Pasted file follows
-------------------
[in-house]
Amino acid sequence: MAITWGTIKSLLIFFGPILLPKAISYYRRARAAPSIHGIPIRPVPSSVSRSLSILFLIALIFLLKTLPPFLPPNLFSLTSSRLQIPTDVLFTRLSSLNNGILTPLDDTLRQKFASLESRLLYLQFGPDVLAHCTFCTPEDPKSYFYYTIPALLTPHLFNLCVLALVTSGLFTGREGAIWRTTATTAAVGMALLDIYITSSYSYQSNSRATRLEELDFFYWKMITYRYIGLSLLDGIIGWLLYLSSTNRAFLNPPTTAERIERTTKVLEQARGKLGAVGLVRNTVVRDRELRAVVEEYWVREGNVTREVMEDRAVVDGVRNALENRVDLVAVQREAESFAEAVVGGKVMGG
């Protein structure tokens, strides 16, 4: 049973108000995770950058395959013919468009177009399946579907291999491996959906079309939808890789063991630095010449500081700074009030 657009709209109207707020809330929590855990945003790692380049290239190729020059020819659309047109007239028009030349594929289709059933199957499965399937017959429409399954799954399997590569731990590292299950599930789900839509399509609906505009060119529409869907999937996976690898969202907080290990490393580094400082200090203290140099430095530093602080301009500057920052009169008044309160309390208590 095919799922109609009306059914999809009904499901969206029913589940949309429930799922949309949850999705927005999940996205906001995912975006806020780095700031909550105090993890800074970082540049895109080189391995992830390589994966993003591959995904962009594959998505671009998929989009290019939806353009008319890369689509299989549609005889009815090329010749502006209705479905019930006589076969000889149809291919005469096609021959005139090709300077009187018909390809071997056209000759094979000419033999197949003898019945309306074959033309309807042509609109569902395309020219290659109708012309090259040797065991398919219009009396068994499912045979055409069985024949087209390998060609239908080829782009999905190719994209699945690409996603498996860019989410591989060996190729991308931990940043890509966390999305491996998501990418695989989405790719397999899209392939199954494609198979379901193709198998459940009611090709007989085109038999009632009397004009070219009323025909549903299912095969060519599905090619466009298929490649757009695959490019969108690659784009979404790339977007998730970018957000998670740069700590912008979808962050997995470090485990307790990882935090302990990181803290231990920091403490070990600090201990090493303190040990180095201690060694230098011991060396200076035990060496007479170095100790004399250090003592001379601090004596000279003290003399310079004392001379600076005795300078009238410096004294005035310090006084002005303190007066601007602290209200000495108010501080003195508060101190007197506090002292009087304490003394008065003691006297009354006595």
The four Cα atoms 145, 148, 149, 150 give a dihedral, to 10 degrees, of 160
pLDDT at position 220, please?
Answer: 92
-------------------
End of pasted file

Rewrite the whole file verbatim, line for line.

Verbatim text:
[in-house]
Amino acid sequence: MAITWGTIKSLLIFFGPILLPKAISYYRRARAAPSIHGIPIRPVPSSVSRSLSILFLIALIFLLKTLPPFLPPNLFSLTSSRLQIPTDVLFTRLSSLNNGILTPLDDTLRQKFASLESRLLYLQFGPDVLAHCTFCTPEDPKSYFYYTIPALLTPHLFNLCVLALVTSGLFTGREGAIWRTTATTAAVGMALLDIYITSSYSYQSNSRATRLEELDFFYWKMITYRYIGLSLLDGIIGWLLYLSSTNRAFLNPPTTAERIERTTKVLEQARGKLGAVGLVRNTVVRDRELRAVVEEYWVREGNVTREVMEDRAVVDGVRNALENRVDLVAVQREAESFAEAVVGGKVMGG
């Protein structure tokens, strides 16, 4: 049973108000995770950058395959013919468009177009399946579907291999491996959906079309939808890789063991630095010449500081700074009030 657009709209109207707020809330929590855990945003790692380049290239190729020059020819659309047109007239028009030349594929289709059933199957499965399937017959429409399954799954399997590569731990590292299950599930789900839509399509609906505009060119529409869907999937996976690898969202907080290990490393580094400082200090203290140099430095530093602080301009500057920052009169008044309160309390208590 095919799922109609009306059914999809009904499901969206029913589940949309429930799922949309949850999705927005999940996205906001995912975006806020780095700031909550105090993890800074970082540049895109080189391995992830390589994966993003591959995904962009594959998505671009998929989009290019939806353009008319890369689509299989549609005889009815090329010749502006209705479905019930006589076969000889149809291919005469096609021959005139090709300077009187018909390809071997056209000759094979000419033999197949003898019945309306074959033309309807042509609109569902395309020219290659109708012309090259040797065991398919219009009396068994499912045979055409069985024949087209390998060609239908080829782009999905190719994209699945690409996603498996860019989410591989060996190729991308931990940043890509966390999305491996998501990418695989989405790719397999899209392939199954494609198979379901193709198998459940009611090709007989085109038999009632009397004009070219009323025909549903299912095969060519599905090619466009298929490649757009695959490019969108690659784009979404790339977007998730970018957000998670740069700590912008979808962050997995470090485990307790990882935090302990990181803290231990920091403490070990600090201990090493303190040990180095201690060694230098011991060396200076035990060496007479170095100790004399250090003592001379601090004596000279003290003399310079004392001379600076005795300078009238410096004294005035310090006084002005303190007066601007602290209200000495108010501080003195508060101190007197506090002292009087304490003394008065003691006297009354006595």
The four Cα atoms 145, 148, 149, 150 give a dihedral, to 10 degrees, of 160
pLDDT at position 220, please?
Answer: 92